- In the James Blish adaptation of this story, presumably based on an earlier draft of the script, Stiles dies. In addition, Robert Tomlinson and Angela Martine actually marry, in a second ceremony late in the story. When the Enterprise fires on the Romulan ship for the final time, the latter explodes immediately, with the conversation between Kirk and the Romulan commander being omitted.
- In the William Shatner novel The Return, where Kirk is resurrected by a Borg/Romulan alliance to kill Captain Jean-Luc Picard, the Romulan alliance is arranged by the granddaughter of the Romulan commander of this mission, convinced that Starfleet are brutal murderers and seeking revenge for her grandfather's death at Kirk's hands.
- The story of the events on Romulus leading up to this episode are told in the comic book "Alien Spotlight: Romulans".
- In the novel Headlong Flight, an experiment in dimensional displacement results in the USS Enterprise-E of the "prime" universe – over a decade after Star Trek Nemesis – encountering both an alternate version of the USS Enterprise-D – from a year after the Battle of Wolf 359, in a timeline which ended with the death of Picard/Locutus of Borg – and a trio of Romulan ships from this era, in a timeline where the Romulan ship depicted here apparently destroyed Kirk's Enterprise in the final showdown.
- "Balance of Terror" was the first episode of the remastered version of The Original Series to air, though in some markets it was preceded by "Miri". It premiered in syndication on the weekend 16 September 2006 and most notably featured new effects shots of the comet, Romulan plasma torpedo, and Bird-of-Prey, as well as of the Enterprise and Bird-of-Prey "adrift".
- The next remastered to air was "Miri".
Video and DVD releases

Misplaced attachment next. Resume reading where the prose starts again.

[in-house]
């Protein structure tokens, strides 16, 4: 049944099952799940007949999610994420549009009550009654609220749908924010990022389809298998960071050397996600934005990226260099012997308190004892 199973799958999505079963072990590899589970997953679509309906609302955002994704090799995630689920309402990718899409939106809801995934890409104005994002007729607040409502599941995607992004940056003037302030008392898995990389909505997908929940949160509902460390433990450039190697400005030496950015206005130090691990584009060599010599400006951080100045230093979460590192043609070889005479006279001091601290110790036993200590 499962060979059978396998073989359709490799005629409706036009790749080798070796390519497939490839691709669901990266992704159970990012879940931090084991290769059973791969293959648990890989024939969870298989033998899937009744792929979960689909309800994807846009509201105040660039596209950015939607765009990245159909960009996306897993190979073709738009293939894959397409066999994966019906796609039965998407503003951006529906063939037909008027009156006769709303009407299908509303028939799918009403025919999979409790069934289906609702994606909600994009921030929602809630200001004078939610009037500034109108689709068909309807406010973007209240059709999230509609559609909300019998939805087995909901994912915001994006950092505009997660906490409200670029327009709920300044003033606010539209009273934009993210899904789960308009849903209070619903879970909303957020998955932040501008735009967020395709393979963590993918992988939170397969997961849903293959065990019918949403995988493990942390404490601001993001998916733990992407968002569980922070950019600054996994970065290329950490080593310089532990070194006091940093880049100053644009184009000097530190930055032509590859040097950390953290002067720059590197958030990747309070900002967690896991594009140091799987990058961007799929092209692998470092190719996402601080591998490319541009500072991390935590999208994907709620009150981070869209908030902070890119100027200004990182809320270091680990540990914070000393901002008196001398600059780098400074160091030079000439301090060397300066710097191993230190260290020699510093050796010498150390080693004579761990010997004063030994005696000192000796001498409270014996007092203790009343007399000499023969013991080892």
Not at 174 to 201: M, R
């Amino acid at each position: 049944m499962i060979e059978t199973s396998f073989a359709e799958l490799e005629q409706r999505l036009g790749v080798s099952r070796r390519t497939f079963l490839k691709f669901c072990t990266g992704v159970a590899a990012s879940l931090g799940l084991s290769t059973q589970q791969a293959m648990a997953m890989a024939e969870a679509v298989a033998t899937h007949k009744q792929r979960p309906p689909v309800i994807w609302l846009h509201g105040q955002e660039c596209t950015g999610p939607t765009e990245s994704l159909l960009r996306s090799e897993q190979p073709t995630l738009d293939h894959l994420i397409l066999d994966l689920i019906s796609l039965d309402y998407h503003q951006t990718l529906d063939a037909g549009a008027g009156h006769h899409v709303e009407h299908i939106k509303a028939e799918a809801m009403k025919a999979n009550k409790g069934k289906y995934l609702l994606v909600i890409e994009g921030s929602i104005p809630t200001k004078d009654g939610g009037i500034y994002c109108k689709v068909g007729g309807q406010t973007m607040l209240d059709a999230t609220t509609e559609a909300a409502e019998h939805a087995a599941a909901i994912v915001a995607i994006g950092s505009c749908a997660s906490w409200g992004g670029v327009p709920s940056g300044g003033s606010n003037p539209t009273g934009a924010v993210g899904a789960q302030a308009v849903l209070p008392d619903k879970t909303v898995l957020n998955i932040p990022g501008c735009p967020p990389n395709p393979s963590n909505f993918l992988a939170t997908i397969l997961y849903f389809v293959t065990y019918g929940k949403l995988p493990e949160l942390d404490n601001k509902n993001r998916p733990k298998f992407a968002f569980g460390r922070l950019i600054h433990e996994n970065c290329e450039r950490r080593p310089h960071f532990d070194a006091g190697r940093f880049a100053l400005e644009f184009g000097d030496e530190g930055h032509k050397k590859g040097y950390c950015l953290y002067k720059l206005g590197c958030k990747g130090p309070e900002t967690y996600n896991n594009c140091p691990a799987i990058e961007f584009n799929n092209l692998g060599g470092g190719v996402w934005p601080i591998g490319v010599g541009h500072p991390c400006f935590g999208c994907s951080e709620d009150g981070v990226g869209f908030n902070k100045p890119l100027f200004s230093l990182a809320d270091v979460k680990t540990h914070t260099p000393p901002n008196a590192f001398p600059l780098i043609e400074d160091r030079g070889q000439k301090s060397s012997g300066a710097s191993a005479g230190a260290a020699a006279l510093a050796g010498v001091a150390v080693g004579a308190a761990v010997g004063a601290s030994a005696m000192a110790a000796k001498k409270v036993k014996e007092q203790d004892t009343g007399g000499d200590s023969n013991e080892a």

- US CED VideoDisc release: 1 March 1983
- US LaserDisc release: July 1985
- Original US Betamax/VHS release: 28 February 1985
- Original UK VHS release (two-episode tapes, CIC Video): Volume 5, catalog number VHR 2250, release date unknown
- Japan LaserDisc release: 10 November 1992
- US VHS release: 15 April 1994
- UK re-release (three-episode tapes, CIC Video): Volume 1.3, 8 July 1996
- As part of the US VHS collection Star Trek - The Greatest Battles: 3 April 1997
- As part of the UK VHS collection Star Trek - Greatest Battles: 16 November 1998
- Original US DVD release (single-disc): Volume 4, 19 October 1999
- As part of the TOS Season 1 DVD collection
- As part of the Star Trek: Fan Collective - Captain's Log DVD collection
- As part of the TOS Season 1 HD DVD collection
- View online at the CBS website (available in the US only)
- As part of The Best of Star Trek: The Original Series DVD collection
- As part of the TOS Season 1 Blu-ray collection
Links and references
- DeForest Kelley as Dr. McCoy
- Grace Lee Whitney as Yeoman Rand
- George Takei as Sulu
- James Doohan as Scott
- Nichelle Nichols as Uhura
- Stephen Mines as Tomlinson
- Barbara Baldavin as Angela
- Garry Walberg as Hansen
- John Arndt as Fields
- William Blackburn as Hadley
- Robert Chadwick as a Romulan scope operator
- Frank da Vinci as Brent
- Walt Davis as Romulan crewman 1
- Vince Deadrick as Romulan crewman 2
- Jeannie Malone as a yeoman
- Sean Morgan as Brenner
- Eddie Paskey as Leslie
- Ron Veto as Harrison
- Unknown actors as
- Vince Deadrick (double)
- Allen Jaffe (stunt)
- William Blackburn as the stand-in for DeForest Kelley
- Frank da Vinci as the stand-in for Leonard Nimoy
- Jeannie Malone as the stand-in for Grace Lee Whitney
- Eddie Paskey as the stand-in for William Shatner
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- "Balance of Terror" at StarTrek.com, the official Star Trek website
- "Balance of Terror" at Memory Beta, the wiki for licensed Star Trek works
- "Balance of Terror" at Wikipedia
- "Balance of Terror" at MissionLogPodcast.com, a Roddenberry Star Trek podcast